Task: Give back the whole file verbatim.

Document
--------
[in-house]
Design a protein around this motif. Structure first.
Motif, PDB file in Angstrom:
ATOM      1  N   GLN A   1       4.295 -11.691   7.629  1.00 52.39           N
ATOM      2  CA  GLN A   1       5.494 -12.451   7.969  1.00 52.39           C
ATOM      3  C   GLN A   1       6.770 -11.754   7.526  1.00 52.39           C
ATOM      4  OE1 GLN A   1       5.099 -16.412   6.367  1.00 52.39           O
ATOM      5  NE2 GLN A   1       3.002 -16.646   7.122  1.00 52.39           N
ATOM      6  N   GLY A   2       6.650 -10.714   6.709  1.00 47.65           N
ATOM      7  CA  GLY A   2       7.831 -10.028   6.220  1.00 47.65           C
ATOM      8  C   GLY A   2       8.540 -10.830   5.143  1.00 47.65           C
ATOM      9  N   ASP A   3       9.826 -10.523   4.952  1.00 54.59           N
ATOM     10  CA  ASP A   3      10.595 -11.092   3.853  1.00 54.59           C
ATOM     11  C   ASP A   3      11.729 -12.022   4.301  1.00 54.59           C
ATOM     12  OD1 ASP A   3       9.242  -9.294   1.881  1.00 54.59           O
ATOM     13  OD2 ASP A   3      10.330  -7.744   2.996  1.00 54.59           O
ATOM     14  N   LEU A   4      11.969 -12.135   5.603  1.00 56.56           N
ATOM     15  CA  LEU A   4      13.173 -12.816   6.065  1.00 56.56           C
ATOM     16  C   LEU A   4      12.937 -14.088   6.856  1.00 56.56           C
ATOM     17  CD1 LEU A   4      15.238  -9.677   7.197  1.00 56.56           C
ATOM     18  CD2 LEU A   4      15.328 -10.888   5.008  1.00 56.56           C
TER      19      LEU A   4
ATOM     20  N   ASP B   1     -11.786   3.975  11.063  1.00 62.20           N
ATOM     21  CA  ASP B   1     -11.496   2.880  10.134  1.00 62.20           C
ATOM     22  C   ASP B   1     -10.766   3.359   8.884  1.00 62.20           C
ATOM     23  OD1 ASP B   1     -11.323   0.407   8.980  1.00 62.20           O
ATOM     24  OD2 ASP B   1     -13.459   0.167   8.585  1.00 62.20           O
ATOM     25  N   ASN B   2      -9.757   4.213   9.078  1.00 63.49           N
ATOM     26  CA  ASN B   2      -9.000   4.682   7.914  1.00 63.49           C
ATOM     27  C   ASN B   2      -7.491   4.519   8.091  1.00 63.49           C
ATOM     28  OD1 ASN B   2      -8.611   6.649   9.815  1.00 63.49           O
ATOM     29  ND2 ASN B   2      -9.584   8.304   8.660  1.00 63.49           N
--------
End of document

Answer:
[in-house]
Design a protein around this motif. Structure first.
Motif, PDB file in Angstrom:
ATOM      1  N   GLN A   1       4.295 -11.691   7.629  1.00 52.39           N
ATOM      2  CA  GLN A   1       5.494 -12.451   7.969  1.00 52.39           C
ATOM      3  C   GLN A   1       6.770 -11.754   7.526  1.00 52.39           C
ATOM      4  OE1 GLN A   1       5.099 -16.412   6.367  1.00 52.39           O
ATOM      5  NE2 GLN A   1       3.002 -16.646   7.122  1.00 52.39           N
ATOM      6  N   GLY A   2       6.650 -10.714   6.709  1.00 47.65           N
ATOM      7  CA  GLY A   2       7.831 -10.028   6.220  1.00 47.65           C
ATOM      8  C   GLY A   2       8.540 -10.830   5.143  1.00 47.65           C
ATOM      9  N   ASP A   3       9.826 -10.523   4.952  1.00 54.59           N
ATOM     10  CA  ASP A   3      10.595 -11.092   3.853  1.00 54.59           C
ATOM     11  C   ASP A   3      11.729 -12.022   4.301  1.00 54.59           C
ATOM     12  OD1 ASP A   3       9.242  -9.294   1.881  1.00 54.59           O
ATOM     13  OD2 ASP A   3      10.330  -7.744   2.996  1.00 54.59           O
ATOM     14  N   LEU A   4      11.969 -12.135   5.603  1.00 56.56           N
ATOM     15  CA  LEU A   4      13.173 -12.816   6.065  1.00 56.56           C
ATOM     16  C   LEU A   4      12.937 -14.088   6.856  1.00 56.56           C
ATOM     17  CD1 LEU A   4      15.238  -9.677   7.197  1.00 56.56           C
ATOM     18  CD2 LEU A   4      15.328 -10.888   5.008  1.00 56.56           C
TER      19      LEU A   4
ATOM     20  N   ASP B   1     -11.786   3.975  11.063  1.00 62.20           N
ATOM     21  CA  ASP B   1     -11.496   2.880  10.134  1.00 62.20           C
ATOM     22  C   ASP B   1     -10.766   3.359   8.884  1.00 62.20           C
ATOM     23  OD1 ASP B   1     -11.323   0.407   8.980  1.00 62.20           O
ATOM     24  OD2 ASP B   1     -13.459   0.167   8.585  1.00 62.20           O
ATOM     25  N   ASN B   2      -9.757   4.213   9.078  1.00 63.49           N
ATOM     26  CA  ASN B   2      -9.000   4.682   7.914  1.00 63.49           C
ATOM     27  C   ASN B   2      -7.491   4.519   8.091  1.00 63.49           C
ATOM     28  OD1 ASN B   2      -8.611   6.649   9.815  1.00 63.49           O
ATOM     29  ND2 ASN B   2      -9.584   8.304   8.660  1.00 63.49           N